The world rose from their homes in defence of George Floyd and all black people who have been abused and marginalized by society.
The signs at protests read, "If you were peaceful we wouldn't need to protest" and "George Floyd's life mattered".
A virus had kept us all quiet for so many weeks but this one event had the world raise their voices and take to the streets. Masks on and off.
To add insult to injury, US President Donald Trump commenting on the US economic numbers on June 6 saying "it's a great day for George Floyd" further angering his opponents.
There are few things that have been great this year.
Quora.com published "What's one thing you're excited about that's coming up in 2020?" and the comments were broad.
So many students looking forward to graduation (cancelled), prom (cancelled), piano camp (cancelled) and birthdays (not cancelled but hold off on blowing out any candles for fear of spreading COVID-19).
One person wrote in, "I'm looking forward to being done with 2019."
It's June 8 and I'm already pining for whatever happened last year because it wasn't nearly as bad as what we've witnessed in the last six months.
And being a leap year, 2020 will be one that we all wish we could have just skipped right over.
It is with tremendous pride that we announce Davies Ward Phillips & Vineberg LLP as the lead sponsor of The Adam Fanaki Brain Fund.
Adam Fanaki was a partner and distinguished member of the Competition Law practice at Davies from 2009 until his death in 2020 of brain cancer.
Learn more about Adam's illustrious career here.
Thanks to this financial contribution from Davies, The Adam Fanaki Brain Fund will be able to help more organizations, patients and caregivers living with a life-changing brain tumour diagnosis.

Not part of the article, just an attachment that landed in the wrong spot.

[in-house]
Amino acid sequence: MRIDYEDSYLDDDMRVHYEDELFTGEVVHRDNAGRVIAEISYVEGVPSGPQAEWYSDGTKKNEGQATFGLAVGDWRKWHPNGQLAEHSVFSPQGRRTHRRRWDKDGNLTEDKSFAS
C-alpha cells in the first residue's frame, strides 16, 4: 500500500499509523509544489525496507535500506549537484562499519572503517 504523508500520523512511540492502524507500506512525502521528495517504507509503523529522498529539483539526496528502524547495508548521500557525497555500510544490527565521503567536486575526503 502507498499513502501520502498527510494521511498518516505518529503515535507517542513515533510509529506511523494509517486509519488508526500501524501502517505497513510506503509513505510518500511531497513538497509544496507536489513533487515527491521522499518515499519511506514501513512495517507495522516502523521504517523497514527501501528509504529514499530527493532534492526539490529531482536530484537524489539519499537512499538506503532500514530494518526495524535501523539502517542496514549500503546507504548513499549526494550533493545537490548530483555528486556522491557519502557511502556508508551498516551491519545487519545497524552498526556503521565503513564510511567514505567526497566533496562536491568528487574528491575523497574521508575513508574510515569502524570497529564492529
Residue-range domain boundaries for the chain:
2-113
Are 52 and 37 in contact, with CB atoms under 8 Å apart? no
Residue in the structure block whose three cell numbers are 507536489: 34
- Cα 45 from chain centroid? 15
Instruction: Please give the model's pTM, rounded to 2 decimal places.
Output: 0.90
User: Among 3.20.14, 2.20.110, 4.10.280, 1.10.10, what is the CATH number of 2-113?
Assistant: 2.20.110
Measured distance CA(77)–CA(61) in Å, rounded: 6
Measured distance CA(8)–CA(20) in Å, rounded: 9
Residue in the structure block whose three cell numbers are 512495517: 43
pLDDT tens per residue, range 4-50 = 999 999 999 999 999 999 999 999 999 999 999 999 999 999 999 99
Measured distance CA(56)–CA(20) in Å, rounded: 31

May is Brain Tumour Awareness Month - Toronto woman creates fundraiser to help patients and caregivers
MAY 18, 2020
TORONTO, ON., May 18, 2020 -- Janet Fanaki lost her husband Adam this past February to brain cancer. He was only 51 years old.
May is Brain Tumour Awareness Month. In his honour, Janet and her children created The Adam Fanaki Brain Fund to raise awareness and money for patients and caregivers living with a brain tumour diagnosis.
“In 2016 my husband was diagnosed with glioblastoma, a terminal form of brain cancer," says Janet. "Since his passing, and being on the other side of this disease, we felt it was our duty to help others and the organizations that were so vital to our wellbeing.”
Since late February, The Adam Fanaki Brain Fund has raised $90,000 in pledges for programs at Sunnybrook Health Sciences Centre, St. Michael’s Hospital and the Brain Tumour Foundation of Canada.
These three organizations were central to the Fanakis treatment program and emotional support. Donations have come from individuals as well as corporations like Davies Ward Phillips Vineberg LLP and BMO Nesbitt Burns.
Janet Fanaki is the founder of RESILIENT PEOPLE and The Adam Fanaki Brain Fund and RESILIENT t-shirts where 100% of the proceeds go to The Adam Fanaki Brain Fund. She is a speaker, writer and mother of two from Toronto. Donations can be made to https://my.charitableimpact.com/groups/the-adam-fanaki-brain-fund.
For more information, please contact Janet Fanaki at (416) 271-7887, email@example.com and www.resilientpeople.ca
My husband Adam passed away almost two months ago. Since then I've barely cried or felt any deep sorrow.
Today is Easter and I woke up feeling very alone. As if today was somehow different than any other day.
I've heard many times that the first holidays are the hardest when you lose someone. This is our first.
Easter was the holiday we hosted each year. Usually around 25 people including our brothers and their families, my mom, his aunt, cousins and sometimes close friends.
The morning would start with Adam's carefully orchestrated egg hunt. He always had the best hiding spots.
"Sweetles, you look, too" he'd say as I would contentedly sit on the couch watching the kids search under cushions, behind furniture, on top of hanging frames and in flower pots.
I loved looking over at Adam and seeing the expression on his face as he watched them feverishly trying to outdo each other in who could collect more.